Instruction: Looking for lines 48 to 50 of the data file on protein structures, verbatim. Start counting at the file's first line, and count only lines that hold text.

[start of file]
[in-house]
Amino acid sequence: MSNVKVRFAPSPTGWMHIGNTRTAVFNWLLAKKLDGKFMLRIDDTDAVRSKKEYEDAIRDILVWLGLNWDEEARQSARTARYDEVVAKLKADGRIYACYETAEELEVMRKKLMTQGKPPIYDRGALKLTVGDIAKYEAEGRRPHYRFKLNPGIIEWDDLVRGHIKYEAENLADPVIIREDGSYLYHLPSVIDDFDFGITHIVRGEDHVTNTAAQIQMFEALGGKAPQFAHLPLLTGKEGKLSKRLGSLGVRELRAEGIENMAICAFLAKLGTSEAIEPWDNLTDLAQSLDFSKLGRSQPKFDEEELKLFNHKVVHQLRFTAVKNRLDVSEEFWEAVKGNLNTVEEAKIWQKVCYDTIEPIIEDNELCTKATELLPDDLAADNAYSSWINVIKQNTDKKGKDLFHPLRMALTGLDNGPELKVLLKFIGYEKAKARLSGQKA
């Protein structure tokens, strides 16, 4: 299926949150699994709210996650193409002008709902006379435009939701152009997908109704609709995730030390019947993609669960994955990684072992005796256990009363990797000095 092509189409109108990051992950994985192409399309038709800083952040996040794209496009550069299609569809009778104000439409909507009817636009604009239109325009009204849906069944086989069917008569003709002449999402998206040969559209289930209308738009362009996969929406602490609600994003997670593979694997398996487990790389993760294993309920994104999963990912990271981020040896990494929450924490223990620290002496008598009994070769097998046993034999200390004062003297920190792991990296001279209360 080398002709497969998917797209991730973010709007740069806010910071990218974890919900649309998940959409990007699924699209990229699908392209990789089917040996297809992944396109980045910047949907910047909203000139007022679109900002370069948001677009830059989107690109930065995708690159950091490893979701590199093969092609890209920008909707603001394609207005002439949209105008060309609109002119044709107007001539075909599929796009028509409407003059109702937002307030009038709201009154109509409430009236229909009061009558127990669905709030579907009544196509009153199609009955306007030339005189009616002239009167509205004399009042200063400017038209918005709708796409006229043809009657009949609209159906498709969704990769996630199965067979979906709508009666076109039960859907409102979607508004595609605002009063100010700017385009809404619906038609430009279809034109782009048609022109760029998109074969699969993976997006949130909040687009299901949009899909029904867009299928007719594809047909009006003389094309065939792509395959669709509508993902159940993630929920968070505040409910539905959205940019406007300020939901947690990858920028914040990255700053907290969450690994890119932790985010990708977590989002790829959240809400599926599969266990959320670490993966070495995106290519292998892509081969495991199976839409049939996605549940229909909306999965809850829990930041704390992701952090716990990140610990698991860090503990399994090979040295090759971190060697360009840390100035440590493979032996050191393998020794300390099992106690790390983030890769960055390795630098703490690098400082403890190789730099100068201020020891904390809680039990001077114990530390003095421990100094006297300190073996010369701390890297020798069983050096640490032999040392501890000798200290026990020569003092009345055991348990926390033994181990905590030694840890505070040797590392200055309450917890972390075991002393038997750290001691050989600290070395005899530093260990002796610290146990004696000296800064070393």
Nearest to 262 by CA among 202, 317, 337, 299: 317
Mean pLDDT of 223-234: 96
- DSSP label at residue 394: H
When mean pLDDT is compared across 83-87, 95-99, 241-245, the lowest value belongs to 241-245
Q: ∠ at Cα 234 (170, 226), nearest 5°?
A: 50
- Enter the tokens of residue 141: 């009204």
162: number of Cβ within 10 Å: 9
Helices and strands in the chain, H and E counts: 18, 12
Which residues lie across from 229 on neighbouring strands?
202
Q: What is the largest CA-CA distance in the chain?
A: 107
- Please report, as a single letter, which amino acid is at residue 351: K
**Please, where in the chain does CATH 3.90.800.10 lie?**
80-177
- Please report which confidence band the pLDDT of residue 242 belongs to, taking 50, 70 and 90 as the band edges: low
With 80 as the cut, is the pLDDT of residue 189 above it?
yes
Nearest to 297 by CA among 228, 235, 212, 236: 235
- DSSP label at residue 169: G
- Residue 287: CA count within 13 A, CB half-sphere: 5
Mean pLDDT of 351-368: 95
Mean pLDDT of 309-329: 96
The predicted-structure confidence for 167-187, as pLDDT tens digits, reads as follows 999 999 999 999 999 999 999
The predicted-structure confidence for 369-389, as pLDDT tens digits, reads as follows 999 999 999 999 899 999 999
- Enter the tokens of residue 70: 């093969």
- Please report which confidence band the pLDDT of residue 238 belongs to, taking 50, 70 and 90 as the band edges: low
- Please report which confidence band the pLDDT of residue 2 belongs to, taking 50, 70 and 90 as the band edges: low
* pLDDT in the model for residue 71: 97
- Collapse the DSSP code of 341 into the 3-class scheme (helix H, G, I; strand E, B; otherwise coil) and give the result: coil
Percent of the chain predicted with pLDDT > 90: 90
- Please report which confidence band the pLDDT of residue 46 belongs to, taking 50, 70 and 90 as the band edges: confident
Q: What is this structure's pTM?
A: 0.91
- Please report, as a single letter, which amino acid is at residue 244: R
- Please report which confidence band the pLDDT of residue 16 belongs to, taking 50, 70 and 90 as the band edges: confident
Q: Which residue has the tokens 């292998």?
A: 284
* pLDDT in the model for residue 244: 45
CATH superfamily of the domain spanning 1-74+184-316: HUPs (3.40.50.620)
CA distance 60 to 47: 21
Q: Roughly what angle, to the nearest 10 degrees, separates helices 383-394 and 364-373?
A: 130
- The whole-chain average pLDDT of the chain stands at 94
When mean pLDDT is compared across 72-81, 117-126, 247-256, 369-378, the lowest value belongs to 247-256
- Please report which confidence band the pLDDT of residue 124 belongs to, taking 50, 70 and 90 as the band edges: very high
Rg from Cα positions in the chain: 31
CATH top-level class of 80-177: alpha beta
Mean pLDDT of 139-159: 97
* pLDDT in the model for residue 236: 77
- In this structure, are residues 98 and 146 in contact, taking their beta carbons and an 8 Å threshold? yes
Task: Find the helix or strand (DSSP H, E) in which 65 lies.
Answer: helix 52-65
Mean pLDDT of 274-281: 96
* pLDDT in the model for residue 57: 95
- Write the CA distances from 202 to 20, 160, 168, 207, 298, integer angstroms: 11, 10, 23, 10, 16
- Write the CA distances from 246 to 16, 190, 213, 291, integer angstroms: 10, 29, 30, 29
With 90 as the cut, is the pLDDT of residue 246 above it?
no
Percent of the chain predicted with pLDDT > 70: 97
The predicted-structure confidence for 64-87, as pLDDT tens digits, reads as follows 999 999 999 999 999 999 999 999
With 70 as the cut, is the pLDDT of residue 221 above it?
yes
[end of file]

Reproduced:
- The whole-chain average pLDDT of the chain stands at 94
When mean pLDDT is compared across 72-81, 117-126, 247-256, 369-378, the lowest value belongs to 247-256
- Please report which confidence band the pLDDT of residue 124 belongs to, taking 50, 70 and 90 as the band edges: very high